Because I watched Bedmen Yarasa Adam on an unsubtitled DVD-R, I'm afraid I'm not going to be able to fill you in on whatever intricacies its plot might contain. Viewing it that way made me appreciate anew the care that Onar takes with their releases of these type of films -- and, in the interest of fairness, I have to say that my lack of comprehension might have made me more acutely aware of the amount of dialog in it, and as a result might have made it seem to drag more than it would have had I been able to understand what was being said. Anyway, what we have here basically is a Blofeld-like villain, complete with a cat and a retinue of interchangeable, black-hatted goons, who all -- except for the cat -- repeatedly clash with Batman (Levent Cakir) and Robin (Huseyin Sayan), both in their costumed and smarmy civilian guises, throughout the film. Beyond that it seems like Batman and Robin's primary beat involves the protection of Istanbul's naked women from gangs of rapists and murderers, after which Batman makes out with them. The fight scenes are, as is the standard, thoroughly entertaining, and seem to be more tightly choreographed than the usual frenetic free-for-alls we see in most Turkish films, with Batman and Robin executing all kinds of hilariously unnecessary synchronized somersaults and cartwheels in the course of their brawling, as well as some pretty gay looking tandem maneuvers.
I also might have missed some of the movie's details because I was so busy trying to identify and jot down all of the various bits of pilfered music that kept popping up on the soundtrack. That Bedmen's musical score consists entirely of unlicensed needle-drops should come as no surprise -- that is the Turkish cinema way, after all -- but I have to say that whoever was in charge here reached across a much wider expanse of the musical spectrum than usual, and with singularly eclectic results. In addition to large swaths of John Barry's score from On Her Majesty's Secret Service, we also get snippets of Sonny & Cher's "The Beat Goes On", the themes to both "I Spy" and "The Saint", Serge Gainsbourg's "Je T'aime... Moi Non Plus", Benny Goodman's "Sing Sing Sing", Booker T & The MGs "Time Is Tight", and Zeppelin's "Whole Lotta Love". Combined, this all has more the feel of random channel surfing than it does a cohesive musical score, and, as a result, serves less to ennoble the conspicuously threadbare onscreen action than it does to make it sound in every scene like someone left a transistor radio playing in the background. Nonetheless, it makes for a lively game of "Name That Tune" for those viewers like myself who are inclined to pay attention to such things.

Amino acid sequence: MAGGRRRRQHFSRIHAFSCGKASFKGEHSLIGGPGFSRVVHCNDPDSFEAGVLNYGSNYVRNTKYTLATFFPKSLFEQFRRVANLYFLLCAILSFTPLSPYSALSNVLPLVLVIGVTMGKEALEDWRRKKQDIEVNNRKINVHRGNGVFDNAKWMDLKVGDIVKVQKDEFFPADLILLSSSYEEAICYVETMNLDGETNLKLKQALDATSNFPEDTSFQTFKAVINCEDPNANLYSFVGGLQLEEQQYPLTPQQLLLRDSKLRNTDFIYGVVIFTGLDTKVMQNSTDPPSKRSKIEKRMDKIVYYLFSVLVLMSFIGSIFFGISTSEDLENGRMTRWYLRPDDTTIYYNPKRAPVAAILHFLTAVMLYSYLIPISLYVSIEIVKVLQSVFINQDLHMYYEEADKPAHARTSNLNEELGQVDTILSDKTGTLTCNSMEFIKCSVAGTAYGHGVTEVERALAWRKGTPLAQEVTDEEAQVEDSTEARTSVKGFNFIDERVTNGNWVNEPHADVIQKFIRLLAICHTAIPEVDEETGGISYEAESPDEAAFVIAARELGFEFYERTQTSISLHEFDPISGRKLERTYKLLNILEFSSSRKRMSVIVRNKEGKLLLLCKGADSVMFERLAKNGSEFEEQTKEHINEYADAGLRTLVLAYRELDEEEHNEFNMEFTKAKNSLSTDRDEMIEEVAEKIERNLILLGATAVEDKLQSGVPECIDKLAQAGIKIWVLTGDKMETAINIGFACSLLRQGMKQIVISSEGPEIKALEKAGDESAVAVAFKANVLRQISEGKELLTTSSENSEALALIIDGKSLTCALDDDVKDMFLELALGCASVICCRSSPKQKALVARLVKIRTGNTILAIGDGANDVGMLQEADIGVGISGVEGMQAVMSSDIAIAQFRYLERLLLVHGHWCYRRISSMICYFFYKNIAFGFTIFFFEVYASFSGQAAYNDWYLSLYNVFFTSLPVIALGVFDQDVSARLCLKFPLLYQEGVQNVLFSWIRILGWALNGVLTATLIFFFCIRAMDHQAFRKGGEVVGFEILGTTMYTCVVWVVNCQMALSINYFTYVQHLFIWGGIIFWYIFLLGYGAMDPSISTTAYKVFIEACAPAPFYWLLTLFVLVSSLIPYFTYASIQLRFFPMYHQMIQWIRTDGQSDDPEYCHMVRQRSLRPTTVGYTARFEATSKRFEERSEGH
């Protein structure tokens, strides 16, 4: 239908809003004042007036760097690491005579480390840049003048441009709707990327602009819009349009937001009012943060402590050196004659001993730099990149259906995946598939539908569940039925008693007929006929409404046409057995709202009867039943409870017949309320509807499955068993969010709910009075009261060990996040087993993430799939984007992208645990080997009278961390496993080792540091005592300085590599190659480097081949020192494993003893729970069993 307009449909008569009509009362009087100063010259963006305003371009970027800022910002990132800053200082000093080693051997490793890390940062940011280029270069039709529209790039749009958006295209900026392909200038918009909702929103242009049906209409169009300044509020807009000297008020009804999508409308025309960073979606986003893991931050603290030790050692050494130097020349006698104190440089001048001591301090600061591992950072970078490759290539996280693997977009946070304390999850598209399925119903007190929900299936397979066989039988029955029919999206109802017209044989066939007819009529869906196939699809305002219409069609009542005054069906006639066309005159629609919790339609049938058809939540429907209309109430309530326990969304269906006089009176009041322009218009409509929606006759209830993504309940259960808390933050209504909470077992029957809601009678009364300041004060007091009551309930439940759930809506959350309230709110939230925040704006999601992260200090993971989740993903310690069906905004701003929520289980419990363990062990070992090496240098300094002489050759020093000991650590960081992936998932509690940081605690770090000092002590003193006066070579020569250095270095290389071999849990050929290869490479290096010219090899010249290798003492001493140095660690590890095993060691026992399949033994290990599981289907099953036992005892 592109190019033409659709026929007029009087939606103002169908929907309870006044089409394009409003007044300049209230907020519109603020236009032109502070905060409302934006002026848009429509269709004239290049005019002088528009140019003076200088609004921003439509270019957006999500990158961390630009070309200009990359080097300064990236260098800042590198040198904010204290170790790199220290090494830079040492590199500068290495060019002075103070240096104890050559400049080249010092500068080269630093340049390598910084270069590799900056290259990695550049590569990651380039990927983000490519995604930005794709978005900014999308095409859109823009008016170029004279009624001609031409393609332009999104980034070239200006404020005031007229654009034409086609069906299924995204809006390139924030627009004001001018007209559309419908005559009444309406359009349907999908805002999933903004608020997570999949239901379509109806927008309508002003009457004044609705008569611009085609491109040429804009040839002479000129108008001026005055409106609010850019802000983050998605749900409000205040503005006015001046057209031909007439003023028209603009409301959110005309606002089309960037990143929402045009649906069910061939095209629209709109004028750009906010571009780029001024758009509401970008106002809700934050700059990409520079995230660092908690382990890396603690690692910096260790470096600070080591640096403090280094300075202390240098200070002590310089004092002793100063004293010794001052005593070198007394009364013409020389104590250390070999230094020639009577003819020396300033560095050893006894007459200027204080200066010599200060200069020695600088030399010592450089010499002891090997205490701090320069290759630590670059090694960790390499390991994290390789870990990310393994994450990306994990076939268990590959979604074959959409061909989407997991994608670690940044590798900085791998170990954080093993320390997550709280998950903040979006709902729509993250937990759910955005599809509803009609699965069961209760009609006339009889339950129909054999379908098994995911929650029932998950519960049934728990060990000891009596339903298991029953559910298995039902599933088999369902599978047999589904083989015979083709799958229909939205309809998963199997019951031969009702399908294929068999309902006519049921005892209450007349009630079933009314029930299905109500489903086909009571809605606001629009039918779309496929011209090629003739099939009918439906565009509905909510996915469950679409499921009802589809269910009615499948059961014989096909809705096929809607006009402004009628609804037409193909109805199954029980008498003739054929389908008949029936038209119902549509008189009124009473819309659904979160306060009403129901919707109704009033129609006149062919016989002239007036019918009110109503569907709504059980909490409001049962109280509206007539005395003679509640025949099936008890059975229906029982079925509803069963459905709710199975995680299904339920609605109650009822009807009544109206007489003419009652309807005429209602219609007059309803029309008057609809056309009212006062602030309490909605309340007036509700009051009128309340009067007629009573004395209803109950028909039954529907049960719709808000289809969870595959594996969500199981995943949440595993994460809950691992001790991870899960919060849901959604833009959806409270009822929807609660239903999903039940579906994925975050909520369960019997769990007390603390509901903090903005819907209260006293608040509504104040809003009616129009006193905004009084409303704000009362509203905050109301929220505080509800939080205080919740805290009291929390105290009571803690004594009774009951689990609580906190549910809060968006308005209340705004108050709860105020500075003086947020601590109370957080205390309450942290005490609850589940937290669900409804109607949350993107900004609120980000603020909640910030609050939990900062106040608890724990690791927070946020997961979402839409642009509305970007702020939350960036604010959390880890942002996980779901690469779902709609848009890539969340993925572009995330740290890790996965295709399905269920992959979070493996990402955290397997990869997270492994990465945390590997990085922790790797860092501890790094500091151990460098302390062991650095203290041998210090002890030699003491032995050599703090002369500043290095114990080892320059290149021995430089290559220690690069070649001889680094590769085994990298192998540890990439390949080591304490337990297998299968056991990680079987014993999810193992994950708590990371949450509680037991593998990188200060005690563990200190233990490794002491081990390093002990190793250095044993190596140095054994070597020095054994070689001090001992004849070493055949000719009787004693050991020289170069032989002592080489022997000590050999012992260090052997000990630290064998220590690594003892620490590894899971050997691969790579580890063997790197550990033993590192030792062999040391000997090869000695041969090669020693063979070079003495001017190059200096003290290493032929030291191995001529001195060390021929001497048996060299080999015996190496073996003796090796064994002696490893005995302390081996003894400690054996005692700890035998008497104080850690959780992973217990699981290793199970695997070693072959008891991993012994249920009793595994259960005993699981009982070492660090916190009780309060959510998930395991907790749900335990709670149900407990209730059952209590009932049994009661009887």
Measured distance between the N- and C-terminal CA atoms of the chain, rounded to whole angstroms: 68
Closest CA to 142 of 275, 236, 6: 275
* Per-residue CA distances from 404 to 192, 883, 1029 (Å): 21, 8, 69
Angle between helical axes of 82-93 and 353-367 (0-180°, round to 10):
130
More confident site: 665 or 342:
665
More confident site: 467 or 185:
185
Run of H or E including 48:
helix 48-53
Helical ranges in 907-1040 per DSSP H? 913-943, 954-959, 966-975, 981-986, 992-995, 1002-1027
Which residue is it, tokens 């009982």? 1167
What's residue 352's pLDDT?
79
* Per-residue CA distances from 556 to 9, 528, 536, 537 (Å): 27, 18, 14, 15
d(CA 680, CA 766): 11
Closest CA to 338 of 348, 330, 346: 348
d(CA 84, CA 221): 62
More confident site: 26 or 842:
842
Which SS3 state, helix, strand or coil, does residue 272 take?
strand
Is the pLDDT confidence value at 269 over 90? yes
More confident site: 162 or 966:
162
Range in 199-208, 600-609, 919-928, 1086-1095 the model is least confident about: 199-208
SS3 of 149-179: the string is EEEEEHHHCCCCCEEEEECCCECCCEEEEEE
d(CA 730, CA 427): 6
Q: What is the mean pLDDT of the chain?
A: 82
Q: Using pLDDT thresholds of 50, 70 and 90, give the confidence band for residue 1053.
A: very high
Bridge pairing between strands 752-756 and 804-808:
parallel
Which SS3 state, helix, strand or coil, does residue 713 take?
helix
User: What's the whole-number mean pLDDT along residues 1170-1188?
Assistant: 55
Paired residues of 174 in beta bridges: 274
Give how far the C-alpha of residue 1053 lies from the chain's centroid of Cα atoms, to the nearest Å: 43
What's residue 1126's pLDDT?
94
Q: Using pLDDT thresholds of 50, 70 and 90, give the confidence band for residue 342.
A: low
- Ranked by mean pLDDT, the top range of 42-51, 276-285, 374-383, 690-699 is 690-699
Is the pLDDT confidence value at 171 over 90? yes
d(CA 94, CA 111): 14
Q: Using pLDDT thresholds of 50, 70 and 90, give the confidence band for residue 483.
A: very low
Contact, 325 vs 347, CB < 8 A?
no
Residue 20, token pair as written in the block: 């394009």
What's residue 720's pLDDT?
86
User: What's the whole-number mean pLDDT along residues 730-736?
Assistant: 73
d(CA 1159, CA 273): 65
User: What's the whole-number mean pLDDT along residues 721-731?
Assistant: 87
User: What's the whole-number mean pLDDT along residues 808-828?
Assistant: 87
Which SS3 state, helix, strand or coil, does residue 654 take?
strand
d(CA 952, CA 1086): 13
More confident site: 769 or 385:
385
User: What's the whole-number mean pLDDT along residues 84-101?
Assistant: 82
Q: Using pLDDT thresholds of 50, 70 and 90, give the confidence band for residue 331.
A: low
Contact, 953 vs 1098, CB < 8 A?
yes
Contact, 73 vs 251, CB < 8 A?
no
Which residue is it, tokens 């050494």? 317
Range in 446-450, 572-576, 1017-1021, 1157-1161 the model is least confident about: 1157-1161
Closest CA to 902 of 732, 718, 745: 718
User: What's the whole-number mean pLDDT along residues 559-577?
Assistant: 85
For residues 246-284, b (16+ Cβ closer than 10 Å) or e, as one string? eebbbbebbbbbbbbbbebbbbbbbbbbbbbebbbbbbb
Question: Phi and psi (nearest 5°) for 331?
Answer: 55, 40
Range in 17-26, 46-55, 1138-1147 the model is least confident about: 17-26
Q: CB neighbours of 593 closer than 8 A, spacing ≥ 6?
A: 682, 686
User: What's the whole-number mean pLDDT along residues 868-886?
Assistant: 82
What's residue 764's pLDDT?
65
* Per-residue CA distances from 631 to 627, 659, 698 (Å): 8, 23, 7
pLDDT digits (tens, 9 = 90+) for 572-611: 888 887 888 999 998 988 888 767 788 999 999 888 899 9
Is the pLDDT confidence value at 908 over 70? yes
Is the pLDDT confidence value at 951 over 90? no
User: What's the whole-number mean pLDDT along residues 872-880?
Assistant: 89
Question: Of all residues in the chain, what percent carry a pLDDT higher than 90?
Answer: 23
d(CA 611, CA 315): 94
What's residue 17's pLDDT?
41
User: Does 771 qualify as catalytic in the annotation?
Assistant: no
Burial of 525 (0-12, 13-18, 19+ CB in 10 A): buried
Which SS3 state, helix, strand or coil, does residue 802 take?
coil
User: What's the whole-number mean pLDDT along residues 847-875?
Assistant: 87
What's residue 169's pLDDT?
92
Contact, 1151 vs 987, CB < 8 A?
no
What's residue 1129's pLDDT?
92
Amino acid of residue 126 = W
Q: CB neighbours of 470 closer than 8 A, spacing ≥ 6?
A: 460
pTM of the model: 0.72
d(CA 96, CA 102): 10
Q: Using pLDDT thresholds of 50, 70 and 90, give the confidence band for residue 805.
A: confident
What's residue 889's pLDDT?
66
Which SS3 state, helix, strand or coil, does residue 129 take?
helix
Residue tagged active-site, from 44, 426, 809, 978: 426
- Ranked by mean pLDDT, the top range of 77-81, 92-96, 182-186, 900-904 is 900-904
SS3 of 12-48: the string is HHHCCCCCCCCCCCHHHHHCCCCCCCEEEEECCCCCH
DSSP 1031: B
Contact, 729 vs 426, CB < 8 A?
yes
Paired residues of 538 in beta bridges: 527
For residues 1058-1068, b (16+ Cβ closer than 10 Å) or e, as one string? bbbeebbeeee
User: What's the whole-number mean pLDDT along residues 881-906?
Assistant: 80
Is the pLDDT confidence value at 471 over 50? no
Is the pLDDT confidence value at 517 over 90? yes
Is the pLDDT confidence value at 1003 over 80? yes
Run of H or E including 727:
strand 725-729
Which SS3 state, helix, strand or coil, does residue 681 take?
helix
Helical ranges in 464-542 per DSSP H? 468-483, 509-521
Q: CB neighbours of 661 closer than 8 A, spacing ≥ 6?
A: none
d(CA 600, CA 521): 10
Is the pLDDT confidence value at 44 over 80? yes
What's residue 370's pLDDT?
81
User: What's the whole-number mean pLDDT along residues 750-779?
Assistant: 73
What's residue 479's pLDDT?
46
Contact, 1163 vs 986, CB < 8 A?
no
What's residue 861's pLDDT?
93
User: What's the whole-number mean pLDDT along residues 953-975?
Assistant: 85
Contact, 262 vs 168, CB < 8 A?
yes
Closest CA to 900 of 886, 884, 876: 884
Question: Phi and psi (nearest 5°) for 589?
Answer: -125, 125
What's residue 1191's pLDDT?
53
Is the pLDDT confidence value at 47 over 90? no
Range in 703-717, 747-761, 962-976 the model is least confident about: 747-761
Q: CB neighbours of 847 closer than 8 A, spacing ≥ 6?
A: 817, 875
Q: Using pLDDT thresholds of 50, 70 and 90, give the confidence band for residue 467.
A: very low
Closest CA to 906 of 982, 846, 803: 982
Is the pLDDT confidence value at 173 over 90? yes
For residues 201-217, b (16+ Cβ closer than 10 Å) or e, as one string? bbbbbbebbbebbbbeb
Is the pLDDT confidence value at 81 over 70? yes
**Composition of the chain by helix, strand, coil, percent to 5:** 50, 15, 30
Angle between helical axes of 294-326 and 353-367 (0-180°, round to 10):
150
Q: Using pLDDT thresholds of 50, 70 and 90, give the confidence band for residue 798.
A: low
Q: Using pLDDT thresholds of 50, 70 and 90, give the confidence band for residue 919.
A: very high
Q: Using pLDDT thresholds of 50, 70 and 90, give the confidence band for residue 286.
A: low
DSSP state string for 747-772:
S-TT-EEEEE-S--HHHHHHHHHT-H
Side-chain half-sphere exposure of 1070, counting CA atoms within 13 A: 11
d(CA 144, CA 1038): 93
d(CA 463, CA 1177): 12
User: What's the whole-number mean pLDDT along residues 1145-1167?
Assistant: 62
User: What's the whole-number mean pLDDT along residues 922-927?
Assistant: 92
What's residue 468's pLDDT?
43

Bedmen Yarasa Adam's sixty minute running time insures that, despite it's longueurs, it will be over before you know it, which I know is far from a ringing endorsement. Happily, for those Turkish cinema novices out there, much more easy to find films like Iron Claw and the Kilink series will provide a far better introduction. This one is really only for obsessives and those who have been pining to see Batman portrayed as an unctuous horndog.
(For a more detailed take on Bedmen Yarasa Adam, check out Tars Tarkas' review over at his site.)
“The Posters of Eva Švankmajerová” - [image: GetDownGutter_Thumb]Mubi has a collection of film posters designed by Eva Švankmajerová, Surrealist painter, writer and filmmaker. Learn more about...
9 hours ago